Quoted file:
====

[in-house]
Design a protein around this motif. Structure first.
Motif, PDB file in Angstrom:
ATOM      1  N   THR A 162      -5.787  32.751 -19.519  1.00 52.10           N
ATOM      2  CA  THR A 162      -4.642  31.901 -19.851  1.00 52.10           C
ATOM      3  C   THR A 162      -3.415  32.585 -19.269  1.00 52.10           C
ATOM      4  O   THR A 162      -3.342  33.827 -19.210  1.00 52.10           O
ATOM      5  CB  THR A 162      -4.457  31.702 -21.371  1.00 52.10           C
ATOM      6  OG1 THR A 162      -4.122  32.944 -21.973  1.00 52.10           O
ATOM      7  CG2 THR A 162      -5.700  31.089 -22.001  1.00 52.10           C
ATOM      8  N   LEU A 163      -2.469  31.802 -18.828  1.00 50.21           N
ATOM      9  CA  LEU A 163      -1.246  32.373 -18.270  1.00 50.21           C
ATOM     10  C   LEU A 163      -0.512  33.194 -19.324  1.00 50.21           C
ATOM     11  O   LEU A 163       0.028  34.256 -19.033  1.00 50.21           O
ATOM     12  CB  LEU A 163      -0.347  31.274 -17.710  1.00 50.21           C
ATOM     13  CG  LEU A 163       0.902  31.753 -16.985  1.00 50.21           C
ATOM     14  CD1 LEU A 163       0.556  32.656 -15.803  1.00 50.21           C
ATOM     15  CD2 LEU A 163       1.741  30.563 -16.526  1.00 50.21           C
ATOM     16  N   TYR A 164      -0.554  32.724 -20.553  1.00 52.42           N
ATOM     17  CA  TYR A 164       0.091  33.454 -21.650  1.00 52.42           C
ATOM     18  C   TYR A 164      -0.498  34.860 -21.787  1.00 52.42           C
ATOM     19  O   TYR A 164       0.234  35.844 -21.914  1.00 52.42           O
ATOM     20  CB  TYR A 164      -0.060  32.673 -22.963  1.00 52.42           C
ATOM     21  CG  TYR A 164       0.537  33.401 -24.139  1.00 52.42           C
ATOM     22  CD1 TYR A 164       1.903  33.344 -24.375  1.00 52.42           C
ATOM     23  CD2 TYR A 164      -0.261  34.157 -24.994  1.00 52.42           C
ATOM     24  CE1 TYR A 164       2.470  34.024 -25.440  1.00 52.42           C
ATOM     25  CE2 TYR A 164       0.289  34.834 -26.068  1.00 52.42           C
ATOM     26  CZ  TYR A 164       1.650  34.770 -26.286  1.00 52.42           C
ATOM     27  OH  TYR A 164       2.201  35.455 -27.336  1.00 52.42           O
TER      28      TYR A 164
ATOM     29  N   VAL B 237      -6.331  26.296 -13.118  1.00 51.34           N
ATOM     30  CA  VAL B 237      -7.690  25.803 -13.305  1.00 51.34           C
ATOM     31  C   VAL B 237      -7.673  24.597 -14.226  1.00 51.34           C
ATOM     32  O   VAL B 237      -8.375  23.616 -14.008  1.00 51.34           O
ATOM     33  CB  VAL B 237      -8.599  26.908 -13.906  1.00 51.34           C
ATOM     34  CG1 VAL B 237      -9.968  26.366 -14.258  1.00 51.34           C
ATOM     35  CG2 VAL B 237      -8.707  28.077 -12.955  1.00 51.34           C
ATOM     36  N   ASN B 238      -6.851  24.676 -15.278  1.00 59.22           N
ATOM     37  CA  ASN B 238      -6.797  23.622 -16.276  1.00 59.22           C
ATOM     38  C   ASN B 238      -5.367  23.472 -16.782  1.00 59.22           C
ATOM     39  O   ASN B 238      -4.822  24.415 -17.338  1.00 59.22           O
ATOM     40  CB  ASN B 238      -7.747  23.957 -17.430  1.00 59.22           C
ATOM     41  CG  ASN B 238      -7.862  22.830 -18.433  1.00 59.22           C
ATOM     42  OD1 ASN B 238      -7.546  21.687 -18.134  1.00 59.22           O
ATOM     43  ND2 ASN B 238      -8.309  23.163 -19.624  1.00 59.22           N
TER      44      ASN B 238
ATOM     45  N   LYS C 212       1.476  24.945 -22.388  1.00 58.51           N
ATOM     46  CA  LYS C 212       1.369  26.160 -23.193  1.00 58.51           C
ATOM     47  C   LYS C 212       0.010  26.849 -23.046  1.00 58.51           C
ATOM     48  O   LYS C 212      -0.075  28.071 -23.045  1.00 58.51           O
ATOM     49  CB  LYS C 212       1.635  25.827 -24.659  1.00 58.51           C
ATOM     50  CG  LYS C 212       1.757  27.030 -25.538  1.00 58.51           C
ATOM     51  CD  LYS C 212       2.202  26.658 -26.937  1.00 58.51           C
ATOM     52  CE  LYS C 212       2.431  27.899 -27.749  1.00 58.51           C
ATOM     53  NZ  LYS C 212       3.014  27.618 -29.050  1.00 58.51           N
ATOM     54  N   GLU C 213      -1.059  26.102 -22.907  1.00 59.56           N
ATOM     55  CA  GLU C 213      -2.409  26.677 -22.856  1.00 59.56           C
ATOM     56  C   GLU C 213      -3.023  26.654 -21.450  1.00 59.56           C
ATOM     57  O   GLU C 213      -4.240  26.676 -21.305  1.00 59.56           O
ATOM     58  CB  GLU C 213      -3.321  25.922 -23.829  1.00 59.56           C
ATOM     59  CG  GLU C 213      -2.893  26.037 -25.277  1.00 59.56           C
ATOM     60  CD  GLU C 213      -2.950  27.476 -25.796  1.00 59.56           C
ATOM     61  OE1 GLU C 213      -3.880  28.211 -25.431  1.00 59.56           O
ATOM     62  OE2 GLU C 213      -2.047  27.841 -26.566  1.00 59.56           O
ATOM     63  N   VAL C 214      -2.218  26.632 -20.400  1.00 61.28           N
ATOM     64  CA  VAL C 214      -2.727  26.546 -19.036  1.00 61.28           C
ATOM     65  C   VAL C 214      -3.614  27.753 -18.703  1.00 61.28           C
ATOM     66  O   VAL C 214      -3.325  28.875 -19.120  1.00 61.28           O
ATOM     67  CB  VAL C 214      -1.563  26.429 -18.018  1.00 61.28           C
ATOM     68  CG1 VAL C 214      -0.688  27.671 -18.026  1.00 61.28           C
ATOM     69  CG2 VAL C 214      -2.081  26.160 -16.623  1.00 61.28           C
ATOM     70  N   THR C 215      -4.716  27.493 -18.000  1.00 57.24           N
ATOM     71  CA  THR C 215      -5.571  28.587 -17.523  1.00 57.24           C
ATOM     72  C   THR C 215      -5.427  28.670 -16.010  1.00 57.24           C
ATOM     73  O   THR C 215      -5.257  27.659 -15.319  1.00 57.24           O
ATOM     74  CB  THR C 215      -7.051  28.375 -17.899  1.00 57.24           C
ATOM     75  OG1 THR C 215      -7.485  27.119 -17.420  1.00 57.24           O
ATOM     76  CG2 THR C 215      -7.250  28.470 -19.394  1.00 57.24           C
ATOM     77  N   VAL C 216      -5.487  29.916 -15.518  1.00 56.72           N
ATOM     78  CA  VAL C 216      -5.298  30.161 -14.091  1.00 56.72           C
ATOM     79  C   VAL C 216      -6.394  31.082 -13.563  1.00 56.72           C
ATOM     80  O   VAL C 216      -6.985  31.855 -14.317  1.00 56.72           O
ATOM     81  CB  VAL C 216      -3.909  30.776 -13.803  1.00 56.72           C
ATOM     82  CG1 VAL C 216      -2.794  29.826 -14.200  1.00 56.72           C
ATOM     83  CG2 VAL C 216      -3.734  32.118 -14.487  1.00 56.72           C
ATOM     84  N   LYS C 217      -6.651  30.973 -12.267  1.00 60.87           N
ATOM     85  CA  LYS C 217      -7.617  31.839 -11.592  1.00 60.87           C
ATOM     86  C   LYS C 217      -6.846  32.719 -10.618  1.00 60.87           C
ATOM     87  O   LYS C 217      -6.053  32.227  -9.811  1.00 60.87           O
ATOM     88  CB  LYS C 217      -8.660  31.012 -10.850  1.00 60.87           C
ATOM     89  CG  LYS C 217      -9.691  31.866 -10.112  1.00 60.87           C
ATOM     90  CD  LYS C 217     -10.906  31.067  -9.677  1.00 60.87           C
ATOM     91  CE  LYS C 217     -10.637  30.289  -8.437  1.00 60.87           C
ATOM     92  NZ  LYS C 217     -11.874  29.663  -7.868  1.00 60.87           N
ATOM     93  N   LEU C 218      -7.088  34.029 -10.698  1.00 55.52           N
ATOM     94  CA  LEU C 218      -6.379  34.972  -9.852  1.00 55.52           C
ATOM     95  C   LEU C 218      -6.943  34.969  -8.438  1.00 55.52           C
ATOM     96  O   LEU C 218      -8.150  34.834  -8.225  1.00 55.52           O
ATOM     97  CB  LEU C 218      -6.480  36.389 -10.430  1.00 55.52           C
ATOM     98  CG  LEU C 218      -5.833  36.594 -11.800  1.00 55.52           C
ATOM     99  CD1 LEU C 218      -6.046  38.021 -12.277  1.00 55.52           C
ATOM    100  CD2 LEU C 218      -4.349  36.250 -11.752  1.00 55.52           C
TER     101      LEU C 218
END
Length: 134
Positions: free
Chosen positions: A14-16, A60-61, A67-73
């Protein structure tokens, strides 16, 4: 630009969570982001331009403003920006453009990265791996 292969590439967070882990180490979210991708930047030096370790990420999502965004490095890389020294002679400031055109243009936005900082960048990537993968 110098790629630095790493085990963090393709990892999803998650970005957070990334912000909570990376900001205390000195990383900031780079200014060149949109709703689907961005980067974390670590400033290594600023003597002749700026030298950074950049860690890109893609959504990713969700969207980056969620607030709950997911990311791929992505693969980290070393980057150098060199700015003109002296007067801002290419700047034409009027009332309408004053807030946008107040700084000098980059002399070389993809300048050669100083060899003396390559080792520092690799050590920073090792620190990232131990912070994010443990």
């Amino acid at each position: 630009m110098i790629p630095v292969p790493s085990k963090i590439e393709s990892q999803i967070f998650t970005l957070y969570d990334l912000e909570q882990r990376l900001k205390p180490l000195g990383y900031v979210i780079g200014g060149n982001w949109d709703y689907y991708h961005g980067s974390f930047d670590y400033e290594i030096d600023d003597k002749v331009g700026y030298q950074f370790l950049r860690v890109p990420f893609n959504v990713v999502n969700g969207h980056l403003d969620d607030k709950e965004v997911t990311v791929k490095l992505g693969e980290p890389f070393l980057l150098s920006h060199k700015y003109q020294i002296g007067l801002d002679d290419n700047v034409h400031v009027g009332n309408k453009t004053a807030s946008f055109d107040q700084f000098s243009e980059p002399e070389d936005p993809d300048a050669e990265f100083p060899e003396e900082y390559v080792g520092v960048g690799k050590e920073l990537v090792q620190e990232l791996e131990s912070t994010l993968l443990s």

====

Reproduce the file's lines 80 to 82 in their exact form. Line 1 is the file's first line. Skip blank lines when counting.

ATOM     77  N   VAL C 216      -5.487  29.916 -15.518  1.00 56.72           N
ATOM     78  CA  VAL C 216      -5.298  30.161 -14.091  1.00 56.72           C
ATOM     79  C   VAL C 216      -6.394  31.082 -13.563  1.00 56.72           C